Based upon these principles, the Seventh Circuit stated that when removing a suit, the defendant as proponent of federal jurisdiction is entitled to present its own estimate of the stakes, and it is not bound by the plaintiff’s estimate.  Once this has been done, the presumption is the one stated in St. Paul Mercury: the estimate of the dispute’s stakes advanced by the proponent of federal jurisdiction controls unless a recovery that large is legally impossible.  Thus, the Seventh Circuit stated that the question before it was not whether the class was more likely than not to recover punitive damages, but whether Illinois law disallows such a recovery. The Seventh Circuit noted that the plaintiffs did not file in state court a complaint that disclaimed punitive damages or otherwise made a disavowal that was conclusive as a matter of state law.  Instead the plaintiffs declared in the district court that it did not “now” want punitive damages, and the District Judge relied on this when remanding the suit.            

The Seventh Circuit first observed that because events after the date of removal do not affect federal jurisdiction, declaration by the plaintiff following removal did not permit remand. Second, the Seventh Circuit observed that the plaintiff had a fiduciary duty to its fellow class members because a representative can’t throw away what could be a major component of the class’s recovery.  What the plaintiff was willing to accept, thus, did not bind the class and, therefore, did not ensure that the stakes fell under $5 million, the Seventh Circuit remarked.            

The Seventh Circuit next noted that although the plaintiff did not expressly ask for a punitive award and did not include in the complaint allegations of wanton or egregious conduct, the plaintiff did not show that such an omission from a complaint makes a punitive award impossible.  The Seventh Circuit observed that the plaintiff could amend its complaint as the litigation progresses.  The complaint alleged that the insurer concealed from its clients the means it used to avoid paying what the insurance contracts promise.  The Illinois statute is about fraud, fraud is a common ground of punitive damages in Illinois, and juries can award damages not requested by the complaint.  In addition, Illinois follows the approach set out in Fed. R. Civ. P. 54(c), which states that federal courts should grant the relief to which each party is entitled, even if the party has not demanded that relief in its pleadings. Further, the Illinois Supreme Court has not established that omission of a request from the initial pleading forbids a punitive award. Because a punitive award exceeding $2.1 million was possible in this litigation, the Seventh Circuit concluded that the amount in controversy exceeded $5 million under the approach of St. Paul Mercury.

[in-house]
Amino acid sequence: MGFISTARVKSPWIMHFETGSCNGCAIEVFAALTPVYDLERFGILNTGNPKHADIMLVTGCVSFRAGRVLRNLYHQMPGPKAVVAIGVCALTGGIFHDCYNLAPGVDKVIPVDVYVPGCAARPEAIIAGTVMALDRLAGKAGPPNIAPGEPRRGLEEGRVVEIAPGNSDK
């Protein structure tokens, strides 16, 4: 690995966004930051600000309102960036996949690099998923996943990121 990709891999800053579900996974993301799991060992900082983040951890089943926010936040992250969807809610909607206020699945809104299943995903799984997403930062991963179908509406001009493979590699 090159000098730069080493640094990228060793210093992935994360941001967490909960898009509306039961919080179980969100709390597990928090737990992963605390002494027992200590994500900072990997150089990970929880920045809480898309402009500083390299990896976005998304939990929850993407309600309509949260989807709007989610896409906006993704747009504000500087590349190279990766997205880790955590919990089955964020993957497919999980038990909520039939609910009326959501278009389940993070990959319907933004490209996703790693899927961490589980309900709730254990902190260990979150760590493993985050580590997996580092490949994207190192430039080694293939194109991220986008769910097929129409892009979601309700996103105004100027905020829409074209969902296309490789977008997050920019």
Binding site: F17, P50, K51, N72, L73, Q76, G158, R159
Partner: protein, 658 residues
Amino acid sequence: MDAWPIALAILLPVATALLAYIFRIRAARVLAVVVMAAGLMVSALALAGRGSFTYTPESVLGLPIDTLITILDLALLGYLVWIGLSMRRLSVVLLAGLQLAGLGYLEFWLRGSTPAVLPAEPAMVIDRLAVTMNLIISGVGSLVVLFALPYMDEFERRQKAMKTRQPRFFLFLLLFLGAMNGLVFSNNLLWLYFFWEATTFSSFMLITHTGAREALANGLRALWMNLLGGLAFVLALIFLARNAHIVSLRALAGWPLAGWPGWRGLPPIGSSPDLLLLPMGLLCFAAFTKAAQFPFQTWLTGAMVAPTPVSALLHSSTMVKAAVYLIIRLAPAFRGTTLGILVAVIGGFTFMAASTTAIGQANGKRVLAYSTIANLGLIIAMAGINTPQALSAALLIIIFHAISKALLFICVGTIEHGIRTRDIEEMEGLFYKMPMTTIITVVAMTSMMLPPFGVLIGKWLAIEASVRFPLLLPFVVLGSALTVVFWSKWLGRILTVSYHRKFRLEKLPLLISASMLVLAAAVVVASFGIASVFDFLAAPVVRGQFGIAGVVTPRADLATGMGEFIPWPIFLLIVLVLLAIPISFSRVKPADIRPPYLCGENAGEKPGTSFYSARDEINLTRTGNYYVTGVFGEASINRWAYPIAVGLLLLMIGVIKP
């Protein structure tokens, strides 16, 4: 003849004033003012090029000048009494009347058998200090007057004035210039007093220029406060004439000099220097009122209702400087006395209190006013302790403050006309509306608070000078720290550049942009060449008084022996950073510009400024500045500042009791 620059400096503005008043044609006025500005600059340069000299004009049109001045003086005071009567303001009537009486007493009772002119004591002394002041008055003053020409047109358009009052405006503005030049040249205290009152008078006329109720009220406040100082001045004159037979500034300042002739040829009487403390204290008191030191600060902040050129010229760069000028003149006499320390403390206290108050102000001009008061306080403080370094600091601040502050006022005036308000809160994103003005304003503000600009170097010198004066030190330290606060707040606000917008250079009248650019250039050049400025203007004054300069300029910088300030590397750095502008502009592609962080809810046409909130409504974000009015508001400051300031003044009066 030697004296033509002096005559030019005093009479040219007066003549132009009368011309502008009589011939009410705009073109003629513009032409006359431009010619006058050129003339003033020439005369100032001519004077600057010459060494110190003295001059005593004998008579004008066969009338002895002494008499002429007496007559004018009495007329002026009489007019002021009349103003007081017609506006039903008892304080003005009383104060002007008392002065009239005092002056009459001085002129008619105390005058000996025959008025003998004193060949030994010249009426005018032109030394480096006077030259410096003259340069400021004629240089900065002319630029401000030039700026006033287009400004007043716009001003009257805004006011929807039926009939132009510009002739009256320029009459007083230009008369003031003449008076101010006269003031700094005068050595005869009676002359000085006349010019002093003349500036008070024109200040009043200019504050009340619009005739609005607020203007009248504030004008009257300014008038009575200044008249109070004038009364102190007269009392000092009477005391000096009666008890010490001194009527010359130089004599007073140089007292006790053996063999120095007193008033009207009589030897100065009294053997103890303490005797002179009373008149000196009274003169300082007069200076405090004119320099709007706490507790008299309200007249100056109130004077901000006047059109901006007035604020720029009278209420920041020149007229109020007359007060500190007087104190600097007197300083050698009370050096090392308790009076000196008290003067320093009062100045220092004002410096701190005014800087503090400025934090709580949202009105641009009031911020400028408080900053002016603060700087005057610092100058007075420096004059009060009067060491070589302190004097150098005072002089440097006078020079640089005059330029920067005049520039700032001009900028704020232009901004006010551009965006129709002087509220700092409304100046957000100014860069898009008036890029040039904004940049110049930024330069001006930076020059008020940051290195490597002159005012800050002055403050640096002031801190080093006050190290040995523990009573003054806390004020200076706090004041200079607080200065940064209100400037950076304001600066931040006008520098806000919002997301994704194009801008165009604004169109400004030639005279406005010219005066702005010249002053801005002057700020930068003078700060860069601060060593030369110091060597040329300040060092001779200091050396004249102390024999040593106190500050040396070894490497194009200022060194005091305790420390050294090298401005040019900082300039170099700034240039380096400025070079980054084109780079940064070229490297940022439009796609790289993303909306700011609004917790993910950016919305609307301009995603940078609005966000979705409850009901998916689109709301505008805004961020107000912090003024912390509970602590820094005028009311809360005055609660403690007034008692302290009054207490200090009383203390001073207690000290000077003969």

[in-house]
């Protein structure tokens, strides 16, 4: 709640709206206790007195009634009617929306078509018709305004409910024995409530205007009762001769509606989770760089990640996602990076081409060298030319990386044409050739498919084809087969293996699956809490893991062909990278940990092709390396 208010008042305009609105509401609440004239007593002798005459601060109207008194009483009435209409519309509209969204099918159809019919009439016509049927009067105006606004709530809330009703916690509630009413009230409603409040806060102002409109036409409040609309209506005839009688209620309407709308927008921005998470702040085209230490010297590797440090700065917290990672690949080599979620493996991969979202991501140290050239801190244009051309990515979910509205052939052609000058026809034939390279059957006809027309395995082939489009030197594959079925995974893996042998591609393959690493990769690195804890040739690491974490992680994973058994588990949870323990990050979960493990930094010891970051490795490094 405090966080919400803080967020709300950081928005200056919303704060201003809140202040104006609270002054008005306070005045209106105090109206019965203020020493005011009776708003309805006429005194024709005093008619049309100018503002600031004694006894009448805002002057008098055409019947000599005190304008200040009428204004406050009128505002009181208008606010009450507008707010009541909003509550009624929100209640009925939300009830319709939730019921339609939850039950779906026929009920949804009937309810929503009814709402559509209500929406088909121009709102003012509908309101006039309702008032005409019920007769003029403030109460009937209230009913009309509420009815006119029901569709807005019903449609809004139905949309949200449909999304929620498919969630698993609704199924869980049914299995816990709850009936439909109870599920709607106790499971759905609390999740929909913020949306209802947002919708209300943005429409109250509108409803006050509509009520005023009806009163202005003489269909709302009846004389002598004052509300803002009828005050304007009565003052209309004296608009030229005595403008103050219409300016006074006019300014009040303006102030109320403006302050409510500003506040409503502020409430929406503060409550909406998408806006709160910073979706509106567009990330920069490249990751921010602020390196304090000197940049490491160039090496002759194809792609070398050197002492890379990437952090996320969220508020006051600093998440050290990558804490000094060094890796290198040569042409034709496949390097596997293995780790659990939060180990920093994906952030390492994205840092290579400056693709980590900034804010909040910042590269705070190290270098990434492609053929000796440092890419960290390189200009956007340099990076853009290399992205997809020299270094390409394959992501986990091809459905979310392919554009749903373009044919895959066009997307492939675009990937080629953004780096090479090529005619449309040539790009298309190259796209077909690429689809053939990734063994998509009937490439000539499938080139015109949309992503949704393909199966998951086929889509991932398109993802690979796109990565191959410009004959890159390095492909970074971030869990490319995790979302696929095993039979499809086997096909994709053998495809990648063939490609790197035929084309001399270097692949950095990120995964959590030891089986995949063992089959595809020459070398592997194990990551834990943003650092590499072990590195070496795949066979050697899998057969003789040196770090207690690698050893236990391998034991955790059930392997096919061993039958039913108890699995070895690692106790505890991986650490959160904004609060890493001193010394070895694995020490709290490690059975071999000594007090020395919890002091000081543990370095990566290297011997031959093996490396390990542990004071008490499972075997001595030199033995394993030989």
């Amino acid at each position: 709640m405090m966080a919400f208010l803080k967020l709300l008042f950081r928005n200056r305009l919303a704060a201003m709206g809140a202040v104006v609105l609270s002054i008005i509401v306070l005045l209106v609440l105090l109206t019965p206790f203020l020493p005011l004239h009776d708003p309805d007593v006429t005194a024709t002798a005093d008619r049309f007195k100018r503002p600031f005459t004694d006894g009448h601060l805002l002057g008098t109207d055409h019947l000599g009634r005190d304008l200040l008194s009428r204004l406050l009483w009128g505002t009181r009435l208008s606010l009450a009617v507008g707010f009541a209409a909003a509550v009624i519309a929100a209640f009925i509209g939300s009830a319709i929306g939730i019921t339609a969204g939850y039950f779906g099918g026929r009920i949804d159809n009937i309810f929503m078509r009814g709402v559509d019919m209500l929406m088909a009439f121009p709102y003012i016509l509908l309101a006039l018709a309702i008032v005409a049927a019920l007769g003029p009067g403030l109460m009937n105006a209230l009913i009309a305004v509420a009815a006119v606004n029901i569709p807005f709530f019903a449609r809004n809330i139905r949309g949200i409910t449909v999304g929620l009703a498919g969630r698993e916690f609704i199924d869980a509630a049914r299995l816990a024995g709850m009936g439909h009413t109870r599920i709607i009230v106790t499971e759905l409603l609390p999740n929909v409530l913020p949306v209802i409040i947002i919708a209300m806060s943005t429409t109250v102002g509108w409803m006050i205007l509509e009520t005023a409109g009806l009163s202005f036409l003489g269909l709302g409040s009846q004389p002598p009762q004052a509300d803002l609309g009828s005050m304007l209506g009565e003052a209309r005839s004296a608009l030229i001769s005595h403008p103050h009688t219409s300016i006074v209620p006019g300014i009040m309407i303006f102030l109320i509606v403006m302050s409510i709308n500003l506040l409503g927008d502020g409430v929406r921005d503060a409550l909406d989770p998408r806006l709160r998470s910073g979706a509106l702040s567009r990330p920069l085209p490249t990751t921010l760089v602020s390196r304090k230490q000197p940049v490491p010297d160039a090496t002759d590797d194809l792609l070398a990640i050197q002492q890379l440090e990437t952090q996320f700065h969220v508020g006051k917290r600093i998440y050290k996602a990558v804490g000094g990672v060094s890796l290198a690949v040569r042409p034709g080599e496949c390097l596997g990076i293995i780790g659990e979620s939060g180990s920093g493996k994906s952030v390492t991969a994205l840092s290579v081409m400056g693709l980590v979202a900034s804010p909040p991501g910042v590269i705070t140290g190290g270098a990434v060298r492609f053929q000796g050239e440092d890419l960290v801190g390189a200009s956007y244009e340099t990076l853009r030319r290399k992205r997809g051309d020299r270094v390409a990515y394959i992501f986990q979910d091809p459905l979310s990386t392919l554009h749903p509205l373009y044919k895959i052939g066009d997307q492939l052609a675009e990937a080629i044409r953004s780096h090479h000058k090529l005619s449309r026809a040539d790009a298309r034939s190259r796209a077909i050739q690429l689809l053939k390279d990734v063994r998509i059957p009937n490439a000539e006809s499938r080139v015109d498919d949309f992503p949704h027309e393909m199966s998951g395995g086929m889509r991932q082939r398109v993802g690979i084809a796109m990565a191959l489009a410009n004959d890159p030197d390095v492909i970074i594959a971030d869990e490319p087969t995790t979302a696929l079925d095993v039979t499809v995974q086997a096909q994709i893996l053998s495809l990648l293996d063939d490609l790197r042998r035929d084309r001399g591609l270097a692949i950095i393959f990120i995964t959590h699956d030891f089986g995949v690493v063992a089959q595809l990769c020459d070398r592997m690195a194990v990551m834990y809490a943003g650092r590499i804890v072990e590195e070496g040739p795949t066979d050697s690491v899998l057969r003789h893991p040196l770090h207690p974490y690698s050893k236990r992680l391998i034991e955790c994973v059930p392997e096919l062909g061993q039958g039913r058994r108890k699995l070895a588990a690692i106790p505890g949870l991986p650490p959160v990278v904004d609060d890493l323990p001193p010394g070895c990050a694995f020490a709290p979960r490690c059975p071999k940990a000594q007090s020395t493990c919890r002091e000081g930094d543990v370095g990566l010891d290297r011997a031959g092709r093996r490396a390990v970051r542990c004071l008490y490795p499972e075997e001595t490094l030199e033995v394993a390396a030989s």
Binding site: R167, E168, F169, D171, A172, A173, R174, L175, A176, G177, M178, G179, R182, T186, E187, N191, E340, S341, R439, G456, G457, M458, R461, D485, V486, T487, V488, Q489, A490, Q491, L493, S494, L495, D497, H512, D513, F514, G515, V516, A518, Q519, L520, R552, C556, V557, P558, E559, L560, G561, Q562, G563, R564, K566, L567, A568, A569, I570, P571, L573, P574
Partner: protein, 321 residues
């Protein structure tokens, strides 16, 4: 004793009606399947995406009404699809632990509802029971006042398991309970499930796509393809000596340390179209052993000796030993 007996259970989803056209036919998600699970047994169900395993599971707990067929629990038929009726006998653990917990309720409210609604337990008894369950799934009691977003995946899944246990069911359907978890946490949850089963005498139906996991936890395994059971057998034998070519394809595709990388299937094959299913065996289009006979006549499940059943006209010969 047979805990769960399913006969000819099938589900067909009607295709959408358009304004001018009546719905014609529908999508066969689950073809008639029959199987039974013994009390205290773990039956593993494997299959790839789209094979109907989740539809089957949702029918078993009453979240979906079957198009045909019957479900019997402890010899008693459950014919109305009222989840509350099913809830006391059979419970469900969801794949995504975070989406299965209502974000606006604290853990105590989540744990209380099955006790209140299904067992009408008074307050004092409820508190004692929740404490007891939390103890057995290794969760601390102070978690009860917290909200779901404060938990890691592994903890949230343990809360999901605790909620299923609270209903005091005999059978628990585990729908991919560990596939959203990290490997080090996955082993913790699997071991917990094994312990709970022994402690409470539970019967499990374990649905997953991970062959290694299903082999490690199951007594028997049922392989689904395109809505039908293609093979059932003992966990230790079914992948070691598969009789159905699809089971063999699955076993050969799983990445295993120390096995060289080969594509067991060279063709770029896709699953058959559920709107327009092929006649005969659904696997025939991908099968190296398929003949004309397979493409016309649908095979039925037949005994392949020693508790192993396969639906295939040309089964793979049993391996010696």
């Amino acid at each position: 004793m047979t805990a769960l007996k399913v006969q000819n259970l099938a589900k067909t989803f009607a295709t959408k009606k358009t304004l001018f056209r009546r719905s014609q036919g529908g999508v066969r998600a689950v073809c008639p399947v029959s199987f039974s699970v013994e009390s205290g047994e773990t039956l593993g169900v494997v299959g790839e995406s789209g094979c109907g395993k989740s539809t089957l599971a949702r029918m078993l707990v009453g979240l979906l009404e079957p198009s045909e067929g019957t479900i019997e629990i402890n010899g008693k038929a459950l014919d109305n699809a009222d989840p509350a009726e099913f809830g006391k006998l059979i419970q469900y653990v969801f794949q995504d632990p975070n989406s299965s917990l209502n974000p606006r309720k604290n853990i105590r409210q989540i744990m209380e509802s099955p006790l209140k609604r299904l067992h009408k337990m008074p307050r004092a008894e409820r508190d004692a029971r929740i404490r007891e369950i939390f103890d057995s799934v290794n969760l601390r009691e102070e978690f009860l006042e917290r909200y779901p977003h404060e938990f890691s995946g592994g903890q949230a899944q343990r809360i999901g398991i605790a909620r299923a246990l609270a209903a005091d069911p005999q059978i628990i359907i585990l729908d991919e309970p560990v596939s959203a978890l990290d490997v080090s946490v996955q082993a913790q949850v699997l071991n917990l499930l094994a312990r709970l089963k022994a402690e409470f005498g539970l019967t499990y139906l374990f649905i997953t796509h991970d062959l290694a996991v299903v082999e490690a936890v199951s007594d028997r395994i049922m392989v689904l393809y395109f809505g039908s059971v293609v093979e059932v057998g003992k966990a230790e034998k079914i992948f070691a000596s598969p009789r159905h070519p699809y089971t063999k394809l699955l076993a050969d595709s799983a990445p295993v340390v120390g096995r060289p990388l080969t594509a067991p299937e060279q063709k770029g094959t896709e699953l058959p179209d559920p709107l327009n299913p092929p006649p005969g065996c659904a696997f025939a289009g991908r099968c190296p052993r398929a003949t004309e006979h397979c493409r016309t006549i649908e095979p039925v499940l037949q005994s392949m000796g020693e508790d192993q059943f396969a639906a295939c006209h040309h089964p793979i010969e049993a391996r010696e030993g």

Because of the broadinterpretation of the scope of the words “reasonable probability,” the amount in controversy may no more be a controversial issue.